Dorner case: 'We believe the investigation is over,' sheriff says
Although San Bernardino County Sheriff John McMahon said he could not "absolutely, positively confirm" the body found in the charred rubble of a cabin was that of Christopher Dorner, he stressed that the manhunt for the fugitive former LAPD officer had been called off.
"We believe the investigation is over at this point," McMahon said at a news conference Wednesday.
Coroner's officials have yet to positively identify the body found in the Big Bear area cabin after a man thought to be Dorner engaged in an intense gun battle with officers. The cabin later caught fire and burned to its foundation.
McMahon denied speculation that officers intentionally set the fire, saying officers first used traditional tear gas to flush the man out. When that didn't work, they opted to use CS gas canisters, which are known in law enforcement parlance as incendiary tear gas. These canisters, filled with more potent gas, have a significantly greater chance of starting a fire.
"We did not intentionally burn down that cabin," McMahon said.
Tuesday brought an end to a massive, days-long search for the wanted ex-police officer, sought in a series of killings that began Feb. 3 with the death of a newly engaged Irvine couple: Monica Quan, a Cal State Fullerton assistant basketball coach, and Keith Lawrence, a USC public safety officer.
Quan was the daughter of the retired LAPD official who represented Dorner at his disciplinary hearing. According to a manifesto that officials say Dorner posted on Facebook, he felt the LAPD unjustly fired him after that hearing several years ago, when a disciplinary panel determined that he lied in accusing his training officer of kicking a mentally ill man during an arrest.
LAPD Chief Charlie Beck has promised to review the case.
While on the run Thursday, Dorner allegedly shot three police officers in Riverside County. Riverside Officer Michael Crain, 34, a married father of two, was killed. He was laid to rest Wednesday.
The search for Dorner — which triggered statewide alerts in California and Nevada, and stretched across the Mexican border — centered on Big Bear on Thursday when Dorner's burning truck was found on a forest road.
Hundreds of officers swarmed the area, conducting cabin-by-cabin checks for any sign of the wanted man. But no fresh leads surfaced, and the search effort was scaled back Sunday.
But Dorner apparently resurfaced Tuesday morning, when two cleaning workers discovered him inside a Big Bear condo not far from where authorities had been holding news conferences about the manhunt. He allegedly tied them up, stole a Nissan and took off. About 12:20 p.m., one of the women broke free and called police.
Nearly half an hour later, officers with the California Department of Fish and Wildlife spotted the stolen vehicle and called for backup, authorities said. The suspect turned down a side road in an attempt to elude the officers but crashed the vehicle, police said.
A short time later, authorities said, the suspect carjacked a light-colored pickup truck from a local camp ranger. That man, Rick Heltebrake, said he noticed something moving in the trees as he drove down Glass Road. It was a person with a gun dressed in camouflage and a ballistics vest, with pockets that were full.
“He was ready for action,” Heltebrake said. “Right away I knew it was Mr. Dorner.”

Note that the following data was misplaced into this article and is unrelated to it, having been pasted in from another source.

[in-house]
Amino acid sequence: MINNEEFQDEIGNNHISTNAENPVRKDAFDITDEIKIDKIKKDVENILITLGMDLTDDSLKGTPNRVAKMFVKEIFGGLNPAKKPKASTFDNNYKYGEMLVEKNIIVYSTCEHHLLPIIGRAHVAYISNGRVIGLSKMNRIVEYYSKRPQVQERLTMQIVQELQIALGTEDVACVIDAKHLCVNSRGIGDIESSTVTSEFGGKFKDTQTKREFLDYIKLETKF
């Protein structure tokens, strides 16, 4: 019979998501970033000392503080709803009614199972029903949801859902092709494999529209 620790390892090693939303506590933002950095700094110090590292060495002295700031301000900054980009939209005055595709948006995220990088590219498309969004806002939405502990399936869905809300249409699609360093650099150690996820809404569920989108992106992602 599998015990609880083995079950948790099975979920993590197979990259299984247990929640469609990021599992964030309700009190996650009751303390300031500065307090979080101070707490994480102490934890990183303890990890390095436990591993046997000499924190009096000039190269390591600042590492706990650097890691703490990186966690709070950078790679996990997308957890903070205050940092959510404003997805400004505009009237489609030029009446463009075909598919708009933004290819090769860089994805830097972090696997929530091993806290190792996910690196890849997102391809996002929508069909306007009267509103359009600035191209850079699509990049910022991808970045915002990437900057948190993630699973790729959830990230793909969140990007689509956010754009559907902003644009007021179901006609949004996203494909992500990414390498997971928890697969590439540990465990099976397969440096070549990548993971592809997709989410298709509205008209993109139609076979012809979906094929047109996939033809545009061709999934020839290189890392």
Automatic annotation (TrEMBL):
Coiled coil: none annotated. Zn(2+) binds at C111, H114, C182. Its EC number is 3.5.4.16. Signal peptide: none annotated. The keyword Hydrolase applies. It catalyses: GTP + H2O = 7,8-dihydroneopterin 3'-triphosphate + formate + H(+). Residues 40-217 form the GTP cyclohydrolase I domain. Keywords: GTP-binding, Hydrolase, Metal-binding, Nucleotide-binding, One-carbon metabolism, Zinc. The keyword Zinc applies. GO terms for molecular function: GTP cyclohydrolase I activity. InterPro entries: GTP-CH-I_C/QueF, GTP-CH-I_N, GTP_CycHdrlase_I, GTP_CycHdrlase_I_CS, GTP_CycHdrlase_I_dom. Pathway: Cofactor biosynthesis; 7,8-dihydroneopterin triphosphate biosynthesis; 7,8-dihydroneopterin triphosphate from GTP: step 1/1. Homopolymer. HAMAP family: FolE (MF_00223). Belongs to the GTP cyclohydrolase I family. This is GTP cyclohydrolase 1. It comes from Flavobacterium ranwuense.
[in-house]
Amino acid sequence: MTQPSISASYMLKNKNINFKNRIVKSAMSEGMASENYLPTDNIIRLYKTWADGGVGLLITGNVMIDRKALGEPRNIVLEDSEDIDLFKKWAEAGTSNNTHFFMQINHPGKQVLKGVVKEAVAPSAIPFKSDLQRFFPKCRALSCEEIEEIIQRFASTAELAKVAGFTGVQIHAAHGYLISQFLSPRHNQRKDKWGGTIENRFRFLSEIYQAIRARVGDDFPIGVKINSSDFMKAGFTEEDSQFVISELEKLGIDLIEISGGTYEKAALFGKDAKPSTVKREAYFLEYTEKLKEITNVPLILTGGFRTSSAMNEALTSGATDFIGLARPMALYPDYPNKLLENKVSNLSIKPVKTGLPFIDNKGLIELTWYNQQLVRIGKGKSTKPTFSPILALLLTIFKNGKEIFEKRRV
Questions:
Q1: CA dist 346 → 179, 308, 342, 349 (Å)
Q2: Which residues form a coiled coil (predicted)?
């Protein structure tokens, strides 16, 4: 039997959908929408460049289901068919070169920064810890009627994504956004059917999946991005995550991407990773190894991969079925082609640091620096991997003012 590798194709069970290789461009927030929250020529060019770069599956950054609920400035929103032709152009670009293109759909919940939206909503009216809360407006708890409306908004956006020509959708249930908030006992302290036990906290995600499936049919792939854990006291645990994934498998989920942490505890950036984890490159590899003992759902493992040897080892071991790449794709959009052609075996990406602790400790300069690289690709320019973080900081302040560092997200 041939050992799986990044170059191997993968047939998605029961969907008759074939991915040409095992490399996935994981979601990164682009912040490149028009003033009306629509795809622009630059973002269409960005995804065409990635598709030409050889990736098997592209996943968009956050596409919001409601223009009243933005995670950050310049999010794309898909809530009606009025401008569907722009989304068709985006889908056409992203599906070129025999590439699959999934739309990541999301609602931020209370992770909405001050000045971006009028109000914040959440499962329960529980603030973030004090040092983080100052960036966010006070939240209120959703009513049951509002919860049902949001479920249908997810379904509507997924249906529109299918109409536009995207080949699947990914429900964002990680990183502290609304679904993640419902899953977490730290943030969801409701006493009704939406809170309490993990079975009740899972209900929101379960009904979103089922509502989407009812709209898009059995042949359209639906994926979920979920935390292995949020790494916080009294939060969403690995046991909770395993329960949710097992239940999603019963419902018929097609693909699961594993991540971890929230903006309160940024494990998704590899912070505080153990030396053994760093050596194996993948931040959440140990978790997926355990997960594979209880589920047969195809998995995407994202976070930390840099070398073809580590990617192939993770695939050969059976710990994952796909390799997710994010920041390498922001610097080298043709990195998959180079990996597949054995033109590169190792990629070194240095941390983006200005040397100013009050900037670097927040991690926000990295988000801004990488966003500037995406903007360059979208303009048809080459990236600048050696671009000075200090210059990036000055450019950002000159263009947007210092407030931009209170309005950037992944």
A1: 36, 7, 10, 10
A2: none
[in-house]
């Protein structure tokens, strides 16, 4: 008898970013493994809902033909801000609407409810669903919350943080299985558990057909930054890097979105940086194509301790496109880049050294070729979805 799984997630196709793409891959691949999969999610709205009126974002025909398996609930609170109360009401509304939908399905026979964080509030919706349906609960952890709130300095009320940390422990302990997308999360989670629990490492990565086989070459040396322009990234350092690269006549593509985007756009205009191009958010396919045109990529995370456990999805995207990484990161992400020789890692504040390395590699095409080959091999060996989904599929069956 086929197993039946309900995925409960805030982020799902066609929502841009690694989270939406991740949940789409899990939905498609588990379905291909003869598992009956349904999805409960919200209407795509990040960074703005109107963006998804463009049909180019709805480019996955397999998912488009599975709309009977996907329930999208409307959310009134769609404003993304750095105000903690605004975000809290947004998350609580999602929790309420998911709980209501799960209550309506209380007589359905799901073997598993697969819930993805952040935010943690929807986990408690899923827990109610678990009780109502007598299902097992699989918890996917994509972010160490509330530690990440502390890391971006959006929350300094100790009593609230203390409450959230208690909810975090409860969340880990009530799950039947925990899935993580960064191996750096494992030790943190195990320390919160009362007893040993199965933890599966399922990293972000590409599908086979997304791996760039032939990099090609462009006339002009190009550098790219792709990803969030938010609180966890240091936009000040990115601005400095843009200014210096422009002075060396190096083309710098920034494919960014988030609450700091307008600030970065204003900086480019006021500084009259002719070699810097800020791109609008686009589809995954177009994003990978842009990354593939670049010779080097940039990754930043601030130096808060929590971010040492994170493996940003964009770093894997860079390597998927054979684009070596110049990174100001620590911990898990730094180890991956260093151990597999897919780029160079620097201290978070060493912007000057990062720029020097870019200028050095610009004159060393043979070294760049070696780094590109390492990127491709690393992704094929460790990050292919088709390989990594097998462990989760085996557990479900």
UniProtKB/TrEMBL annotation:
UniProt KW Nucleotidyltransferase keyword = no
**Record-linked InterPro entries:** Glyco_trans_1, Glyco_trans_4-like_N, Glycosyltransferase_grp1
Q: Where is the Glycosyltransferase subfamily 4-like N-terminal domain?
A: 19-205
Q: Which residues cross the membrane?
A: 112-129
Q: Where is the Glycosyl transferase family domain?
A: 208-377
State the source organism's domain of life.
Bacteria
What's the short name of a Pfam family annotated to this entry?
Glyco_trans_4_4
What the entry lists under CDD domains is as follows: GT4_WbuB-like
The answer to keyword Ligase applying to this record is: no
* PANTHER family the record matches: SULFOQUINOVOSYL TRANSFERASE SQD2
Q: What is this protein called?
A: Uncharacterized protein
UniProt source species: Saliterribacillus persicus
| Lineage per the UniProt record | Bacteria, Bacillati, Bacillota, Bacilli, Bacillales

And behind the man alleged to be Dorner was a wrecked vehicle.
“He came at me with his gun leveled at my head,” Heltebrake said. “I stopped, put my truck in park, raised my hands, and he said, ‘I don’t want to hurt you. Just get out, start walking up the road and take your dog.’ I said, ‘Can I get her leash?' He said, ‘No, just start walking.'"
Heltebrake grabbed his Dalmatian and took off.
About 10 seconds later, he said, he heard a volley of gunfire — about 10 to 20 shots. The man had carjacked Heltebrake’s vehicle and started driving on Glass Road toward Highway 38. There, the man believed to be Dorner encountered two Fish and Wildlife wardens and allegedly fired at one of their vehicles. Wardens returned fire, authorities said.
The suspect abandoned the vehicle and took off on foot, police said. He eventually holed up in a wooden cabin not far from the community of Seven Oaks.
Officers once again descended upon the area, and a gun battle between the suspect and officers ensued. Sources described an intense firefight, with hundreds of shots fired.
"It was like a war zone, and our deputies continued to go in that area," McMahon said at Wednesday's news conference. "Our deputies are true heroes."
Two San Bernardino County sheriff's deputies were struck, one of whom was killed.
That deputy was identified as Jeremiah MacKay, 35, based out of Yucaipa. He was married and had two children, according to his Facebook page.
Authorities eventually smashed the cabin's windows, pumped in tear gas and called for the suspect to surrender, officials said. They got no response. Then, using a demolition vehicle, they tore down the cabin's walls one by one. When they reached the last wall, they heard a gunshot. Then the cabin burst into flames, officials said.
Though many in Big Bear felt at ease after Tuesday, others expressed bittersweet feelings.
“We are relieved, freed of the sense of being a community that is not safe because there is a cop killer hiding in our little mountain town," said Big Bear Lake Mayor Jay Obernolte. "But there is also a great sense of anguish. It’s sobering to think of the sacrifices that deputies made in the defense of our community.”
— Phil Willon, Ruben Vives and Louis Sahagun in Big Bear, and Andrew Blankstein, Kate Mather and Rong-Gong Lin II in Los Angeles